It’s easy being green!

Being “green” isn’t just something you do because it’s the right thing — it can also make your wallet a little fatter.

Simple changes can make big differences in utility bills for many homeowners. For example, the U.S. Department of Energy estimates appliances and electronics are responsible for roughly 20% of energy bills. Something as simple as shutting down a computer will make a noticeable difference. The U.S. D.E. recommends turning it off if you aren’t going to be using it for more than two hours.

And there are plenty of other easy changes that can make a difference. Below are six simple steps from “The Green Book,” which bills itself as “The Everyday Guide to Saving the Planet One Simple Step at a Time.”

Take a shorter shower. Every two minutes you save on your shower can conserve more than 10 gallons of water. And that can add up: If everyone in the country saved just one gallon from their daily shower, over the course of a year it would equal twice the amount of freshwater withdrawn from the Great Lakes every day. The Great Lakes are the world’s largest source of freshwater.

Set your thermostat a degree higher for air-conditioning and a degree lower for heating. This can save you $100 per year on your utility bill.

Recycle. If everyone in America simply separated the paper, plastic, glass, and aluminum products from the trash and tossed them into a recycling bin, we could decrease the amount of waste sent to landfills by 75%. A couple of years ago, it took an area the size of Pennsylvania to dump all our waste each year.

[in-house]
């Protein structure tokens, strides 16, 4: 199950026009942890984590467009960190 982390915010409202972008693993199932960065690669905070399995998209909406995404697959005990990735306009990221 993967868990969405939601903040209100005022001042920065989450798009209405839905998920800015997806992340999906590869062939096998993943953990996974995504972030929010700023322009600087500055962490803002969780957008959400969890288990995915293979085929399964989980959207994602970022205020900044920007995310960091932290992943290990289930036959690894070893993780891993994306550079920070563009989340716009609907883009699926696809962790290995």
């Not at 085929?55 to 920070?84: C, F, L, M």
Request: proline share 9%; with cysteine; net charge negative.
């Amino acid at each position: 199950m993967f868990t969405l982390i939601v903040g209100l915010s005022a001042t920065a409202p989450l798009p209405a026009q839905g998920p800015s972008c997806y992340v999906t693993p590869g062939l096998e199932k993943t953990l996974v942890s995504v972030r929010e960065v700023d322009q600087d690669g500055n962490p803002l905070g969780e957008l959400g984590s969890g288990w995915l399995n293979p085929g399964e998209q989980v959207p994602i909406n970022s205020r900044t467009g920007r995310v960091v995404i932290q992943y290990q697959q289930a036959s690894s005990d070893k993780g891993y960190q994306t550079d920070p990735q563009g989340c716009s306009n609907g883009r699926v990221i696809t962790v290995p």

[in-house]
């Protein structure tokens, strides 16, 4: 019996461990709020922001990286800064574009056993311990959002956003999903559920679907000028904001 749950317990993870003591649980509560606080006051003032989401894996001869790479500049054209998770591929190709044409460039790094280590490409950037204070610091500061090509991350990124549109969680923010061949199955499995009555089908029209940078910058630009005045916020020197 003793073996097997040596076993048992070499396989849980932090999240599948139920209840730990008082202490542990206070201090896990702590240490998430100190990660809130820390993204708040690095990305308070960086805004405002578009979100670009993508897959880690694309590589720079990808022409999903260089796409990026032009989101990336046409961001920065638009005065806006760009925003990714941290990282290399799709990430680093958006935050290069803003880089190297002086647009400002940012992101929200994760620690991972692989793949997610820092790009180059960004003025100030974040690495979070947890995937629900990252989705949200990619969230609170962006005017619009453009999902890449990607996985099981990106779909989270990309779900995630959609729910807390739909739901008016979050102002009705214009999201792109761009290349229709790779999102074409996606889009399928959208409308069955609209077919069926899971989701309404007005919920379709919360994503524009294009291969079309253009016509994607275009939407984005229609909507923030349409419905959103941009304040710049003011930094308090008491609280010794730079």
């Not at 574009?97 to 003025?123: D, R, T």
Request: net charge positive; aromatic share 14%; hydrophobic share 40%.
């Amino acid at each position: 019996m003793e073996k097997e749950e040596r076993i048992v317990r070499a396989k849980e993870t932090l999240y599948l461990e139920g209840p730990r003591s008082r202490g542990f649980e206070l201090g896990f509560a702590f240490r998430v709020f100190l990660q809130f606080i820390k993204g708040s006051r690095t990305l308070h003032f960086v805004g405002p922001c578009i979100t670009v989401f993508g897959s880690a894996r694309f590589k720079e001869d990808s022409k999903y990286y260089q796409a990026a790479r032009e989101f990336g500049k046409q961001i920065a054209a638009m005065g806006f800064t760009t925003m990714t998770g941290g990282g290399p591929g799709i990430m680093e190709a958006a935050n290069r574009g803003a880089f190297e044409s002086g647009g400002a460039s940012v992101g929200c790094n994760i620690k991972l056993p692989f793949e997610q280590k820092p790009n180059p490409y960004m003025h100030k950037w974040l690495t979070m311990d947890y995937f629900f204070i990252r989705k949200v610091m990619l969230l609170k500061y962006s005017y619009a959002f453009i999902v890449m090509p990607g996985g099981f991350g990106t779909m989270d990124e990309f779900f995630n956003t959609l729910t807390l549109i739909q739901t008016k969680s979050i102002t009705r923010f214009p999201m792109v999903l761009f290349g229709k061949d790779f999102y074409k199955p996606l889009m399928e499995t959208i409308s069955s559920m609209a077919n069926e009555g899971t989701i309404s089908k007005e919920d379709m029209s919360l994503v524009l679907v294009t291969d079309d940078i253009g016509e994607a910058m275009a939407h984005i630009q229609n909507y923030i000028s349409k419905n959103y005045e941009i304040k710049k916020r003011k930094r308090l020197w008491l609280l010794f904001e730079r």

Buy Energy Star appliances and electronics. Households that use Energy Star products automatically become more energy-efficient and can save $600 a year in energy costs. In 2005,Energy Star helped Americans reduce their greenhouse gas emissions by an amount equivalent to those from 23 million cars and save enough on their energy bills to buy every product sold on eBay for three straight months.

Install low-flow plumbing. An average three-member household can reduce its water consumption by 54,000 gallons annually and can lower its water bills by about $60 per year.

Get ceiling fans and use them instead of air-conditioning. It costs just a penny an hour to run a ceiling fan versus 16 cents an hour to run for a room air conditioner and 43 cents an hour for central air.

For more energy-saving tips contact Donna B. Miller with Blairfield Realty at 512-968-9080 or visit us at